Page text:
492M Magazine Writing (Roche)
This four-credit writing course introduces students to the different forms of magazine writing, including short features and essays, longer-form pieces, first-person narratives, profiles and human-interest feature stories. Students will generate story ideas, develop research strategies, cultivate sources, research markets, and submit queries for publication in print and online formats. Students will read and discuss articles from a range of popular, literary, and trade magazines, and, in a community of peer writers, they will write, review and revise several works of their own.
494MI Media, Technology & Culture (Braun)
This course aims to provide students with a framework for critically examining the intersections between media messages, the digital revolution and the wider sociocultural environment. That journalism has been profoundly impacted by the development of Web 2.0 applications is nowadays axiomatic. However, the precise ways in which such "new media" phenomena as Facebook & Twitter, the personal blog and the smart phone have transformed news gathering, packaging and dissemination still need to be researched and understood. Students will reflect critically on the manner in which their communication (e.g., their use of language, imagery and technology) creates and, in turn, is determined by, the social and cultural world(s) in which they live. Investigating their meaning-making processes in this way should translate into an increased awareness of the causes and consequences of their storytelling choices. The course readings will deal with such issues as identity formation, social and cultural diversity, linguistic and technological determinism, ritual, perception and subjectivity, and cultural competency. Satisfies the Integrative Experience requirement for BA-Journ majors.
495BP Broadcast Performance (Kyle)
This class is designed to help you understand the principles of broadcast presentation, including procedures and methods to use the voice, face and body as tools for communicating. There will be an emphasis on performing journalism on television, radio and online media. Through in-class exercises, drills and homework assignments, students will develop and practice skills for narration and on camera news delivery, including field reporting and in-studio anchoring. Upon completion of this class, students should be comfortable performing on-mic and on-camera. They'll understand how a broadcast studio operates, and they'll be well practiced in recording reports as well as doing live broadcasts.
495N Broadcast News Reporting 2 (Kyle)
The goal of this class is to take students beyond the simple mechanics of broadcast storytelling and into the area of craftsmanship and prepare them for the myriad of situations and stories a general assignment reporter will face on a daily basis. Students will become accomplished in all areas of newsroom work and will learn to produce quality broadcast journalism on deadline.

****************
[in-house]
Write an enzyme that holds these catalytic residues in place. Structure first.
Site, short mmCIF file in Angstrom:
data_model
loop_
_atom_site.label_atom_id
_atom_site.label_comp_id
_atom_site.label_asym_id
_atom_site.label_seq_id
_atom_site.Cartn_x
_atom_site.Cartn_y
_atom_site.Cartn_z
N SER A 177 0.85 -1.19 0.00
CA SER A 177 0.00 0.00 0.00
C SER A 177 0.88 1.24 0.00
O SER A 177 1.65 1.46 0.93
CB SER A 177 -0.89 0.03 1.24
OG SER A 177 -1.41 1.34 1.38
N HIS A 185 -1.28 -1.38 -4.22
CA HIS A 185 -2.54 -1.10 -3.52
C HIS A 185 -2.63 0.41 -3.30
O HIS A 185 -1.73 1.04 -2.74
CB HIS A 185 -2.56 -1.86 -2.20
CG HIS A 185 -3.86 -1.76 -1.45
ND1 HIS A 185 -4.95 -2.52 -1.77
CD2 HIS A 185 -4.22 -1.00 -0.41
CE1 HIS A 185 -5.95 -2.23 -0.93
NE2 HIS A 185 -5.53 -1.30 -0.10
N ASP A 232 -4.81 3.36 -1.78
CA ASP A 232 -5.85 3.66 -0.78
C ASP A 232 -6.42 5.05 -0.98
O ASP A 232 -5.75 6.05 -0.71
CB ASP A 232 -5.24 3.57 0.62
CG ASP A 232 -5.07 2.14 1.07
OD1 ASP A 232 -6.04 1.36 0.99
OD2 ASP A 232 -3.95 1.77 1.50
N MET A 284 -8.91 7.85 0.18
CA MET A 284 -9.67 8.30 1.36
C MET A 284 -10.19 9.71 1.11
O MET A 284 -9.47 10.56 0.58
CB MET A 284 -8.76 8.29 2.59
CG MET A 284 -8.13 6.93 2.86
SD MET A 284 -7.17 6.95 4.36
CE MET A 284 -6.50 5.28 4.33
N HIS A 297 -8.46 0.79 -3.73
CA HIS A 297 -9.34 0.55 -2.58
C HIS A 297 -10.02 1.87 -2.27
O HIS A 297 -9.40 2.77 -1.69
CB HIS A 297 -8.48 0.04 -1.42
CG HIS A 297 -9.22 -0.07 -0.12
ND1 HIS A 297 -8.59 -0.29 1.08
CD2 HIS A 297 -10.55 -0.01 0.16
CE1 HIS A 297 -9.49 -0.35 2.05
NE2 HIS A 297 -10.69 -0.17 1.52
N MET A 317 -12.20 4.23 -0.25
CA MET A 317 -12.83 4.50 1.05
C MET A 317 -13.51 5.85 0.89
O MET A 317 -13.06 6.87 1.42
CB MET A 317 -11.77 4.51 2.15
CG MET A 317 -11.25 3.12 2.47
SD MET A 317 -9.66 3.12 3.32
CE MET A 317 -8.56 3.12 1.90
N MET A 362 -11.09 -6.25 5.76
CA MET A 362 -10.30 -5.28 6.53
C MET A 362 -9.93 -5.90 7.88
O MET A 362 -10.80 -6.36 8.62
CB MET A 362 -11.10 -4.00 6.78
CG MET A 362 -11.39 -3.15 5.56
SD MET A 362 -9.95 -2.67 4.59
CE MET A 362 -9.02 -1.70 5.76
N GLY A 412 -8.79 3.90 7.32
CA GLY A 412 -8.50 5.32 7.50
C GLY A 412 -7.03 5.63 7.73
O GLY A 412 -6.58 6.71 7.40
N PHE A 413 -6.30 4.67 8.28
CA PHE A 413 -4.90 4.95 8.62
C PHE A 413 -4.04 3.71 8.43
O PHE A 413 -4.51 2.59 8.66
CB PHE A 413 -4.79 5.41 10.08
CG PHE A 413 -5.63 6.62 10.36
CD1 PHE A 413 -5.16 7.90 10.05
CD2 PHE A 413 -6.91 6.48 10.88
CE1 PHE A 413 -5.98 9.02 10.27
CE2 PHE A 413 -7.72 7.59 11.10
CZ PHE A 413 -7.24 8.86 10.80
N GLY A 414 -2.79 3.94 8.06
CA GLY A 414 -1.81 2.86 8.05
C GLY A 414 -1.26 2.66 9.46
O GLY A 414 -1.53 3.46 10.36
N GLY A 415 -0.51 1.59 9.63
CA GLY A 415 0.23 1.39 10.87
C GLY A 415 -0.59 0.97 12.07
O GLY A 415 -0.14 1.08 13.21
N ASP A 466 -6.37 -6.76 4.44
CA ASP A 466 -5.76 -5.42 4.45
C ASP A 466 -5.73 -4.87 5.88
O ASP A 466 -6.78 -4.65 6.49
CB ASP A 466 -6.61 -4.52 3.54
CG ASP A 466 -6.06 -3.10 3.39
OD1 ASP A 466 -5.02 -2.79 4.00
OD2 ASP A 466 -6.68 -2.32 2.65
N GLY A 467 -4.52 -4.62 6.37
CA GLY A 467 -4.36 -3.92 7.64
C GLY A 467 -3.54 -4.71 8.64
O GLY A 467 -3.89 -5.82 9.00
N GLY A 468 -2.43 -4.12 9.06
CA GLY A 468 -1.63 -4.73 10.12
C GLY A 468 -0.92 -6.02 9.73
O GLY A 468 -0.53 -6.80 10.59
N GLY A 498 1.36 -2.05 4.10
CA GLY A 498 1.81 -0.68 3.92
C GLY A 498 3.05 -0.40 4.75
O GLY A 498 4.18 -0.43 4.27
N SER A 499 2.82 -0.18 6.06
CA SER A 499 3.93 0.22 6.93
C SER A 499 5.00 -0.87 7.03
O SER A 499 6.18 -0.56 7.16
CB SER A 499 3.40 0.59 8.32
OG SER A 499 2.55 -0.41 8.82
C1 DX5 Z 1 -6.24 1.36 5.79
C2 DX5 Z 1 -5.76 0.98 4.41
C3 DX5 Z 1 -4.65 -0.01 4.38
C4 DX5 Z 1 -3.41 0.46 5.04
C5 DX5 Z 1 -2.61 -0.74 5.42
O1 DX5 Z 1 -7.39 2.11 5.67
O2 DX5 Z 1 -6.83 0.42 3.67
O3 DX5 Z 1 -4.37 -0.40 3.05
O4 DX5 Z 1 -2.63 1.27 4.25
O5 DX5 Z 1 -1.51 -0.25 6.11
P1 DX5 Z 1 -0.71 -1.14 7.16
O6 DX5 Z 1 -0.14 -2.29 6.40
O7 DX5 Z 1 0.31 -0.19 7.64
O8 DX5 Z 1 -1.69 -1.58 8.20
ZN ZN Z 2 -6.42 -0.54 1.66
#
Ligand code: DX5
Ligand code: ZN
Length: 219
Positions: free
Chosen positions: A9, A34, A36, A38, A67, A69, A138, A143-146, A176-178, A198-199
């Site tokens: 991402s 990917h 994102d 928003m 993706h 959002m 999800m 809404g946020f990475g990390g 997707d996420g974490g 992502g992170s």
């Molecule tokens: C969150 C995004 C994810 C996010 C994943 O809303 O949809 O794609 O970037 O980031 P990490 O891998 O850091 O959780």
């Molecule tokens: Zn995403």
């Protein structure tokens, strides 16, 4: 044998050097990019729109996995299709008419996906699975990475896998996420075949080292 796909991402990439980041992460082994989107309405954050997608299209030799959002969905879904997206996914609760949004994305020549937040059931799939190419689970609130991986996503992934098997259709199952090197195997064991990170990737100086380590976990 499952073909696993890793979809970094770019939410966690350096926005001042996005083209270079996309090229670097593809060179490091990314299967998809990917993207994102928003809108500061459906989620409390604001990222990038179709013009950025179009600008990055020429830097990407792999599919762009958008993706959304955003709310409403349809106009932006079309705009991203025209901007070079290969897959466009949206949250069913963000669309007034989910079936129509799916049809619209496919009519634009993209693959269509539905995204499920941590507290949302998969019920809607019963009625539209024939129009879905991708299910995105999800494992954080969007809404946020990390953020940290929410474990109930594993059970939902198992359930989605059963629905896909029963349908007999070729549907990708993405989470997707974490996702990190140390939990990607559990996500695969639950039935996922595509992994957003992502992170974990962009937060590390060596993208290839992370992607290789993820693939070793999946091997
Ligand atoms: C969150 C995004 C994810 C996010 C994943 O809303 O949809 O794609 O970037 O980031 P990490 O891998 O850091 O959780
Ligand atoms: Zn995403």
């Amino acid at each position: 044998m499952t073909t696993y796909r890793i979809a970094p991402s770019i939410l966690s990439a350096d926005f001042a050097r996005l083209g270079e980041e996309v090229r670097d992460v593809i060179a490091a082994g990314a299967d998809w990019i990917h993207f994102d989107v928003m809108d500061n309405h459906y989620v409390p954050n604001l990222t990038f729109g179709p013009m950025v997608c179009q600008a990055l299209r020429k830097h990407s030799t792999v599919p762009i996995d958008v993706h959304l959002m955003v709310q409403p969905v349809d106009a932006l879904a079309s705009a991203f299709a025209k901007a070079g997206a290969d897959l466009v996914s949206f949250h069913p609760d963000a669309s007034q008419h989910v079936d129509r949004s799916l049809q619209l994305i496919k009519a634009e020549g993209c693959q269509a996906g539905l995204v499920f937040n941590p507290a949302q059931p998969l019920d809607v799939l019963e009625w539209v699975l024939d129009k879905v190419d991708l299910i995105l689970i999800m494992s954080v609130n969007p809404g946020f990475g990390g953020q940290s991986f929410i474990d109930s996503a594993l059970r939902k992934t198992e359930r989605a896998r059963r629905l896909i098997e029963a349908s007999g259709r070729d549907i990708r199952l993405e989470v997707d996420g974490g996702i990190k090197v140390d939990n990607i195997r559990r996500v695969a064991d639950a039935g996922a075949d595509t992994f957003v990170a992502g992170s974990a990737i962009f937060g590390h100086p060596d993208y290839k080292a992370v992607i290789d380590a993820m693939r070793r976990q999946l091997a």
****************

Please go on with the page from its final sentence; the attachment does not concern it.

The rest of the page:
497B Diaries, Memoirs & Journals (Blais)
The class covers a variety of memoirs; students will write a personal history that combines rigorous emotional honesty with high literary standards. Readings may include the works of Mary McCarthy, Tobias and Geoffrey Wolff, Russell Baker, George Orwell, John Wideman, Mary Karr, Vladimir Nabokov, Harry Crewes, Reeve Morrow Lindbergh, Mary Gordon, David Eggers, Ernest Hemingway, Alice Sebold, Wendy Mnookin and others.
497G Journalism Launchpad (Roche)
One credit, five week seminar. Juniors and seniors face lots of decisions as they start to plan for life beyond UMass. In this course, we’ll look at some of those issues, focusing on the decision-making process, and career exploration and development. We’ll explore the career possibilities for journalism majors, and through exercises and readings, students will develop a career plan and build a resume and online portfolio that highlights their strengths and interests. We’ll also look at some areas like budgeting and interviewing and negotiating skills.
497M Longform Narrative (Blais)
In this class, students are given a thorough grounding in the art of nonfiction narrative by using both classic and contemporary exemplars as templates. In addition, each student produces a major longform piece that upholds the hallmarks of the genre which include excellent prose, imaginative and far-reaching reporting, and an immersive approach to the subject matter. Every effort will be made to pair student work with a worthy publication. Honors component. Juniors and Seniors only.
497N Columns, Essays and Reviews (Blais)
In this class we will study exemplary practitioners of each of these forms of nonfiction prose, with an emphasis on how these models will inform our own practice. By the end of the semester you should have written two columns, one regular newspaper length and one Modern Love piece, two reviews, and a reported essay of a generous length. We will work as a group to generate story ideas in each category.
497P The Politician and the Journalist (Neal)
The relationships among reporters, publishers, and politicians, and how each uses the media. Using historical biographies and other texts, the class will examine past strategies by politicians and media figures. Topics include campaign strategies, Washington politics, day-to-day effectiveness in office, making arguments through the media, and how those not elected use the media. Taught by Congressman Richard Neal of Massachusetts, the class offers an opportunity for students to hear how elected officials work with the press.